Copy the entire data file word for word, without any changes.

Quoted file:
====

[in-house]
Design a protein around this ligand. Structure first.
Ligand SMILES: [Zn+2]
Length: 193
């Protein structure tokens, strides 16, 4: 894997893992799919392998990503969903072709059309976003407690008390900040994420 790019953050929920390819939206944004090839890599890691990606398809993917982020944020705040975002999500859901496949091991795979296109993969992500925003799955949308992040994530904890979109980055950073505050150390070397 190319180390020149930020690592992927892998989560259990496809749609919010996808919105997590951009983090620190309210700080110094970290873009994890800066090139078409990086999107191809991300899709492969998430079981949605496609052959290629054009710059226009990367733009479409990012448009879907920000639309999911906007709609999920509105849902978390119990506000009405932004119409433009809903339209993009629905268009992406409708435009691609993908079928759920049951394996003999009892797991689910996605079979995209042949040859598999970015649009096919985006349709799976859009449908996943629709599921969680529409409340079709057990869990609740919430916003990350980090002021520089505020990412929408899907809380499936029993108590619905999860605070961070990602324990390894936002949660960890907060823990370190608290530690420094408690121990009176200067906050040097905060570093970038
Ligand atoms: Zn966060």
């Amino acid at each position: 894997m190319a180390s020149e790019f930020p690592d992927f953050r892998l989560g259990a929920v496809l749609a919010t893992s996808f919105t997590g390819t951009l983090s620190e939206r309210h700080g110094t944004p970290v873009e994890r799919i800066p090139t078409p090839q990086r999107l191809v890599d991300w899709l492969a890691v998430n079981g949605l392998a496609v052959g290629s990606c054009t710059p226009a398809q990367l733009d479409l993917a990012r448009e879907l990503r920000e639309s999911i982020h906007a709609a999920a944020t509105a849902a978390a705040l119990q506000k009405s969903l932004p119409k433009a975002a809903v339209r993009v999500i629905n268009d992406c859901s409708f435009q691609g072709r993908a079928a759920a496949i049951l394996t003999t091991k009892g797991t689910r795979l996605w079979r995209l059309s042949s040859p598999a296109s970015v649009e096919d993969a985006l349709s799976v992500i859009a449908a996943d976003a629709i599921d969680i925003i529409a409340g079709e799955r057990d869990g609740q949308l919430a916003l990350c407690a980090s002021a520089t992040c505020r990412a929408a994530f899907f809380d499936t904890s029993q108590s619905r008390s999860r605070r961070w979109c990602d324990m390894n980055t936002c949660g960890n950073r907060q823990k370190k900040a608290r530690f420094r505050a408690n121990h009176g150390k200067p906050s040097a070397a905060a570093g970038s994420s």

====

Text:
[in-house]
Design a protein around this ligand. Structure first.
Ligand SMILES: [Zn+2]
Length: 193
């Protein structure tokens, strides 16, 4: 894997893992799919392998990503969903072709059309976003407690008390900040994420 790019953050929920390819939206944004090839890599890691990606398809993917982020944020705040975002999500859901496949091991795979296109993969992500925003799955949308992040994530904890979109980055950073505050150390070397 190319180390020149930020690592992927892998989560259990496809749609919010996808919105997590951009983090620190309210700080110094970290873009994890800066090139078409990086999107191809991300899709492969998430079981949605496609052959290629054009710059226009990367733009479409990012448009879907920000639309999911906007709609999920509105849902978390119990506000009405932004119409433009809903339209993009629905268009992406409708435009691609993908079928759920049951394996003999009892797991689910996605079979995209042949040859598999970015649009096919985006349709799976859009449908996943629709599921969680529409409340079709057990869990609740919430916003990350980090002021520089505020990412929408899907809380499936029993108590619905999860605070961070990602324990390894936002949660960890907060823990370190608290530690420094408690121990009176200067906050040097905060570093970038
Ligand atoms: Zn966060």
């Amino acid at each position: 894997m190319a180390s020149e790019f930020p690592d992927f953050r892998l989560g259990a929920v496809l749609a919010t893992s996808f919105t997590g390819t951009l983090s620190e939206r309210h700080g110094t944004p970290v873009e994890r799919i800066p090139t078409p090839q990086r999107l191809v890599d991300w899709l492969a890691v998430n079981g949605l392998a496609v052959g290629s990606c054009t710059p226009a398809q990367l733009d479409l993917a990012r448009e879907l990503r920000e639309s999911i982020h906007a709609a999920a944020t509105a849902a978390a705040l119990q506000k009405s969903l932004p119409k433009a975002a809903v339209r993009v999500i629905n268009d992406c859901s409708f435009q691609g072709r993908a079928a759920a496949i049951l394996t003999t091991k009892g797991t689910r795979l996605w079979r995209l059309s042949s040859p598999a296109s970015v649009e096919d993969a985006l349709s799976v992500i859009a449908a996943d976003a629709i599921d969680i925003i529409a409340g079709e799955r057990d869990g609740q949308l919430a916003l990350c407690a980090s002021a520089t992040c505020r990412a929408a994530f899907f809380d499936t904890s029993q108590s619905r008390s999860r605070r961070w979109c990602d324990m390894n980055t936002c949660g960890n950073r907060q823990k370190k900040a608290r530690f420094r505050a408690n121990h009176g150390k200067p906050s040097a070397a905060a570093g970038s994420s």